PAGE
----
Once we saw convenient “GREAT WALL THIS WAY” signs, we all began to breathe and stopped looking for exit routes. Looking at the city around us, I really wasn’t thrilled. I mean, I saw most of Beijing from the highway, but it was incredibly Westernized and that saddened me. When you go to Washington D.C., you KNOW you’re in America’s capital. There weren’t any Chinese flags, you couldn’t see any traditional markets like in Chengdu (I missed those pig feet hanging from the rafters, darnit), and I saw more domes and half-dressed angels straight from European Architecture 101 than dragons and pagodas. I’m sure there’s more traditional aspects hidden in the depths of the city, but even in Chengdu, you felt like you were in a Chinese city from the highway.
Once we got to the Great Wall, our driver promised to meet us at the bottom and even walked with us to make sure we got our tickets okay. Because of time constraints, we took the cable car about three-fourths of the way up and then climbed to the very top. Climbing was a challenge because halfway there, the Chinese builders were tired of stairs and just put a very steep incline. As we battled gravity on our way up, we all understood why no fool tried to cross this monster. Honestly, I’m not sure how the guards managed to get to the top every day.
The Great Wall is aptly named, as it is indeed great. Standing at the top, you could see for miles (kilometers?) and the wall just never seemed to end. The knowledge that this masterpiece was created thousands of years ago just made it that more powerful as you gazed over the tops of the Beijing landscape.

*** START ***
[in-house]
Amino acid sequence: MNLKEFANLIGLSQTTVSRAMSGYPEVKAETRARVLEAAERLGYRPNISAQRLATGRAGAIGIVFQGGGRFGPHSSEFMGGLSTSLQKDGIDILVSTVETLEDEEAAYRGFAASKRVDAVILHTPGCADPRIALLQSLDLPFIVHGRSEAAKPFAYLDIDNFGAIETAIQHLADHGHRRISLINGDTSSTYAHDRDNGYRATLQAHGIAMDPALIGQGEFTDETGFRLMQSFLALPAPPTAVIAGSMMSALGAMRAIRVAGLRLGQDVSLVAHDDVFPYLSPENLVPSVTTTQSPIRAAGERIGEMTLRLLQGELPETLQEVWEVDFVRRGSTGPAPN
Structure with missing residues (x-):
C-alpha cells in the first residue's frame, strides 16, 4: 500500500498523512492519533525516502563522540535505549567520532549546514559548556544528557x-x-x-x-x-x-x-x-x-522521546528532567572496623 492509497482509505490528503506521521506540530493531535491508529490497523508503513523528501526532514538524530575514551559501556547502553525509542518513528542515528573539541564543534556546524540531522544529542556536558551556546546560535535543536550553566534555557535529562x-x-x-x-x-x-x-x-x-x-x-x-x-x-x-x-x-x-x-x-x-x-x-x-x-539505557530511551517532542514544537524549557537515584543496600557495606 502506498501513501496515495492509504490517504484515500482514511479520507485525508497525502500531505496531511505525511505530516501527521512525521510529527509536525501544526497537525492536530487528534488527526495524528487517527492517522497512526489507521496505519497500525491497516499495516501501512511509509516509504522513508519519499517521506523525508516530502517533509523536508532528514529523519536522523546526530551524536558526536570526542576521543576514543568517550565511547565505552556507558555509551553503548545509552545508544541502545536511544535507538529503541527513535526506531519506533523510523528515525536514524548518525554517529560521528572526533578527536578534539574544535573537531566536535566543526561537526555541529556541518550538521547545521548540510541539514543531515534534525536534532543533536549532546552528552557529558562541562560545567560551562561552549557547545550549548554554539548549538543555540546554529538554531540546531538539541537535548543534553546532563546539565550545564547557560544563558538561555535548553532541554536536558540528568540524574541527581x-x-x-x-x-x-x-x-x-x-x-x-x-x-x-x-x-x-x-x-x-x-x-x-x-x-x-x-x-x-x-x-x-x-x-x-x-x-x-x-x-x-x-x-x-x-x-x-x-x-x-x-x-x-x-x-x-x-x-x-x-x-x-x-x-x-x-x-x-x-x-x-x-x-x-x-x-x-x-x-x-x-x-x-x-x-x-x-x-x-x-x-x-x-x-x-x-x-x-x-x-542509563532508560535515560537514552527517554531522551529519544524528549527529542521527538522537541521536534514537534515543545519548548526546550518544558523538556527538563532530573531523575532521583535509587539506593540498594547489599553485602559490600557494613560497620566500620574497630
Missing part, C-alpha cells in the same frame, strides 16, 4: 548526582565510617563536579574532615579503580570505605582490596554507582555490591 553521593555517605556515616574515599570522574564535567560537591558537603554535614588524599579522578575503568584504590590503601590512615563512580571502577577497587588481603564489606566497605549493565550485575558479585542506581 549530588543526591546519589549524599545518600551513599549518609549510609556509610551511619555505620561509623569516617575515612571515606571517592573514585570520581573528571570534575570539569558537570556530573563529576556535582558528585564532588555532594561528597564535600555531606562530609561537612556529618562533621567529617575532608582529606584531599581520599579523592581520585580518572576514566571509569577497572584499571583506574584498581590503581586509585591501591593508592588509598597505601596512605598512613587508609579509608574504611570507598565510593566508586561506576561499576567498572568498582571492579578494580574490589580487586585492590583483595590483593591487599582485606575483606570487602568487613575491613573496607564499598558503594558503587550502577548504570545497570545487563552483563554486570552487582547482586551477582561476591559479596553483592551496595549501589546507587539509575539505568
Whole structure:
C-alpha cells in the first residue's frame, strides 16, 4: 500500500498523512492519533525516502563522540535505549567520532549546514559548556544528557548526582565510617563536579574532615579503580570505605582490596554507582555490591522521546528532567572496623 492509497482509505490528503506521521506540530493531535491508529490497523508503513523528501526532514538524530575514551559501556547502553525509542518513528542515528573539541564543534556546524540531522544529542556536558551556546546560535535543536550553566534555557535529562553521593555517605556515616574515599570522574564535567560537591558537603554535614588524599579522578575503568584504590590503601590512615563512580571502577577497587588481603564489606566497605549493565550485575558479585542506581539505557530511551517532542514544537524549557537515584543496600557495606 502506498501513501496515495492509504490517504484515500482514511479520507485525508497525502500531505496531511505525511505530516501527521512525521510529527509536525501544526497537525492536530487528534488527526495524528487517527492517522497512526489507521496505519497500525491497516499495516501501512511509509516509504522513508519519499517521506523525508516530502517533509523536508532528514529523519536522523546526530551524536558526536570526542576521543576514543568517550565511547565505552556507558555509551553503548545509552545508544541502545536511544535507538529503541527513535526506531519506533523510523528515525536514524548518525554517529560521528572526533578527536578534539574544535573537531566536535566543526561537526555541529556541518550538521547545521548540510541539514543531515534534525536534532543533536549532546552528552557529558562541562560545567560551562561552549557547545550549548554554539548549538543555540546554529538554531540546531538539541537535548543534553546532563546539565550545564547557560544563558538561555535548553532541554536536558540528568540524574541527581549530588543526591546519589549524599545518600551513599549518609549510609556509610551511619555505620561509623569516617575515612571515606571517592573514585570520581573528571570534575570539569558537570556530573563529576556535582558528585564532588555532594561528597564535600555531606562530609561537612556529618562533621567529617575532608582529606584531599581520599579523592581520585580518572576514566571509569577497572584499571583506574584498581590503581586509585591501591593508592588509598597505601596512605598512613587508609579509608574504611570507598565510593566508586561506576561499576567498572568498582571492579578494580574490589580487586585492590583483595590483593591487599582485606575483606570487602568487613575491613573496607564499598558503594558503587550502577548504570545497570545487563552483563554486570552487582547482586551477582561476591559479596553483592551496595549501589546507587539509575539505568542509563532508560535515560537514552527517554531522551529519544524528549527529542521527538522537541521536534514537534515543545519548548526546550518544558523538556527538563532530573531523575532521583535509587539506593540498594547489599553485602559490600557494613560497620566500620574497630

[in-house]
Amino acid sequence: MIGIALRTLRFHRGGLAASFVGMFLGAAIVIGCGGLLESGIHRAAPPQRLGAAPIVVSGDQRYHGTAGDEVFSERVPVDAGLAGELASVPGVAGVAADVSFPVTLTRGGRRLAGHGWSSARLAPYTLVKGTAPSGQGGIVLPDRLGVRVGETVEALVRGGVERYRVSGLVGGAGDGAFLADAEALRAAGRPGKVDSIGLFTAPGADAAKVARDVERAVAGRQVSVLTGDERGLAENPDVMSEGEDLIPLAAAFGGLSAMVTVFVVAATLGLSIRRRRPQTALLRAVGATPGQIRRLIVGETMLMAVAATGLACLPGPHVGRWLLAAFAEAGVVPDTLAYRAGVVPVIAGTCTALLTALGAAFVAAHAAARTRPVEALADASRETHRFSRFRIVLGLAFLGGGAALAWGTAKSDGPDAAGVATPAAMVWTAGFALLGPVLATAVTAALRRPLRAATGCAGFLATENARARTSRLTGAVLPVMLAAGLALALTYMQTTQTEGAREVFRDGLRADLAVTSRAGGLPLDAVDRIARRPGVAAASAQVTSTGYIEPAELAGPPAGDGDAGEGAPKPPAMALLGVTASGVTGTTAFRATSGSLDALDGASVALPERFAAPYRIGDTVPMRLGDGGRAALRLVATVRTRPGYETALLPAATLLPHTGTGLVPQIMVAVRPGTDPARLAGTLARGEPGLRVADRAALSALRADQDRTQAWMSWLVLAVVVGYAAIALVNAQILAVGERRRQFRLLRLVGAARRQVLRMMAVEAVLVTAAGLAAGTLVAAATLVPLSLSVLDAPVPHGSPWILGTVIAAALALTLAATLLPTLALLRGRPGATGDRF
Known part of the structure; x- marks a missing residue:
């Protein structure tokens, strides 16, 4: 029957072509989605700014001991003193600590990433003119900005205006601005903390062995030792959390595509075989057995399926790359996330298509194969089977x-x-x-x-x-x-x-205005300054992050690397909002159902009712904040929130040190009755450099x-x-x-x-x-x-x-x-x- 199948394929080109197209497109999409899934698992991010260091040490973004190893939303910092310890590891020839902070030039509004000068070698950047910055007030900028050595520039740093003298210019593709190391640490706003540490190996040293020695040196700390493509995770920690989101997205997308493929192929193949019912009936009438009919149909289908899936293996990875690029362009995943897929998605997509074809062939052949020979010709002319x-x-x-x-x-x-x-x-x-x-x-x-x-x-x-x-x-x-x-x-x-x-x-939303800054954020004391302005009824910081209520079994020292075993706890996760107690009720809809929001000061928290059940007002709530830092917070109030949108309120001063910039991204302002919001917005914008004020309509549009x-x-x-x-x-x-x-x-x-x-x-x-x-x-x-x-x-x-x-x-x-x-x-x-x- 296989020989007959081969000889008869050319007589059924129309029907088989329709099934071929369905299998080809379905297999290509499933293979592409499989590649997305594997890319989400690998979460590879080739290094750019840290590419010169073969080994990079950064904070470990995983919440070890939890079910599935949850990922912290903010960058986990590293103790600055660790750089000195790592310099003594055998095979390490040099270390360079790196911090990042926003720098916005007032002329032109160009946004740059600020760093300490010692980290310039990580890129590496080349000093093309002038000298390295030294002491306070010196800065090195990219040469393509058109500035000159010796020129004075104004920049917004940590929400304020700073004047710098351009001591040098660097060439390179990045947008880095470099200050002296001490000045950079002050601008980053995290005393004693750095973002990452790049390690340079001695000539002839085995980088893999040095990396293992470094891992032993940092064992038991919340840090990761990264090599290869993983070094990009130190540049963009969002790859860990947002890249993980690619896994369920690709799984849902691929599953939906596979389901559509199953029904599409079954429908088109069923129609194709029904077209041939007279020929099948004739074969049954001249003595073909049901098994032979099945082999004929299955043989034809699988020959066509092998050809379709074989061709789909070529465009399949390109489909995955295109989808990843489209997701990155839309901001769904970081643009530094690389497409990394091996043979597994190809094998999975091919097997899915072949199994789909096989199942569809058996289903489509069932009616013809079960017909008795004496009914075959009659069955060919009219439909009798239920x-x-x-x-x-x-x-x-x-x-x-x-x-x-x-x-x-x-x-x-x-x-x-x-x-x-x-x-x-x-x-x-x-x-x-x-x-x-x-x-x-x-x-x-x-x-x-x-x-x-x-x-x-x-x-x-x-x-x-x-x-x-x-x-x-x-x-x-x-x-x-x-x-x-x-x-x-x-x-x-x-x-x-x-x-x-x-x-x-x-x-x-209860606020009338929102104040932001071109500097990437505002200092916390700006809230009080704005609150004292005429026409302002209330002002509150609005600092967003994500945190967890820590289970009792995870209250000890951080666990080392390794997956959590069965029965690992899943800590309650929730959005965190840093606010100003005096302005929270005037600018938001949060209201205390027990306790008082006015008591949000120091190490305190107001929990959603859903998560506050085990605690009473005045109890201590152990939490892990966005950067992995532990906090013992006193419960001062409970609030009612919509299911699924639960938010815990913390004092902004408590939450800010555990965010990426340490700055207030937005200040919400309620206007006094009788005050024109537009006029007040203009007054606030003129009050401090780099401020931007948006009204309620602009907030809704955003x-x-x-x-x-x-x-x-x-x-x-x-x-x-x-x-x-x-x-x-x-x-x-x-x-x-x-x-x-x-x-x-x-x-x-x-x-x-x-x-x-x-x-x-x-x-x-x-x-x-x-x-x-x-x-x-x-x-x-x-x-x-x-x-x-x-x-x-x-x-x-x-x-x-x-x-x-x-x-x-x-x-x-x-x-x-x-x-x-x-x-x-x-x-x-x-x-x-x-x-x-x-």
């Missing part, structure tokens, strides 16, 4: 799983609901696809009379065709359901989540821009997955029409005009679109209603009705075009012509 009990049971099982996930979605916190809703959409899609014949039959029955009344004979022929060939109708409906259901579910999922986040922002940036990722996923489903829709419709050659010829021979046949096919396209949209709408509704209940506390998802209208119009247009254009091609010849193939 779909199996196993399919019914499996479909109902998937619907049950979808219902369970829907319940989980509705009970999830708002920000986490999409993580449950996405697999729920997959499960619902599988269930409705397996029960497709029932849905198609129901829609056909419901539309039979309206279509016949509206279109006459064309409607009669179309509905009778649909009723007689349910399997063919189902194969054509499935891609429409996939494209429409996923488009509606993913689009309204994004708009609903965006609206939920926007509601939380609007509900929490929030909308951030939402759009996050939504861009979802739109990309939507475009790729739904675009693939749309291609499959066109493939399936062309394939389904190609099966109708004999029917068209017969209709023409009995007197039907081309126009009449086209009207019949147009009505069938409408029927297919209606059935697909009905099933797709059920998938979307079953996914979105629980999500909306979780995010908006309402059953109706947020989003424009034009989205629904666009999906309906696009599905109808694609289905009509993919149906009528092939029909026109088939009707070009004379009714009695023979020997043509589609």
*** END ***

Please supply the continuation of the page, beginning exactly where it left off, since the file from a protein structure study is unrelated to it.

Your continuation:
Once we had our fill of the wall and its magnitude, we scrambled down and met our tour guide and driver – they had started to climb up the wall because they were worried about us. We managed to have a lovely conversation on the way back and discovered that they were 23 and 22, engaged with two children – they were earning money in Beijing to provide for their children in the countryside and save up for the traditional wedding of their dreams. I’m really happy we were able to contribute to their dream because they were incredibly considerate with us.
We tried to catch a train back to Xi’an that night, but the trains were sold out so we ended up staying in a nearby hostel. A guard heard us and our quandry and called his friend, who works at the hostel, and they managed to get us rooms and transportation back to the station the next morning.
Sunday morning, we caught our train back to Xi’an. The reason why we didn’t just fly to Beijing was because we wanted to catch a glimpse of the Terracotta Warriors – which are in the heart of Xi’an. A local pointed us in the direction of the buses and we found the warriors with relative ease.
Half of the warriors are still being reconstructed, but the series that are standing as they did hundreds of years ago are really impressive. I think one visit has satiated me for a lifetime, but I’m really happy we took advantage of our time and made a point to see the warriors.
We found a bus that took us to the airport and made it back to campus by 1 am, giving us enough time to sleep before class the next day.
I know this was a long entry, but it was a long adventure.
Only one more week,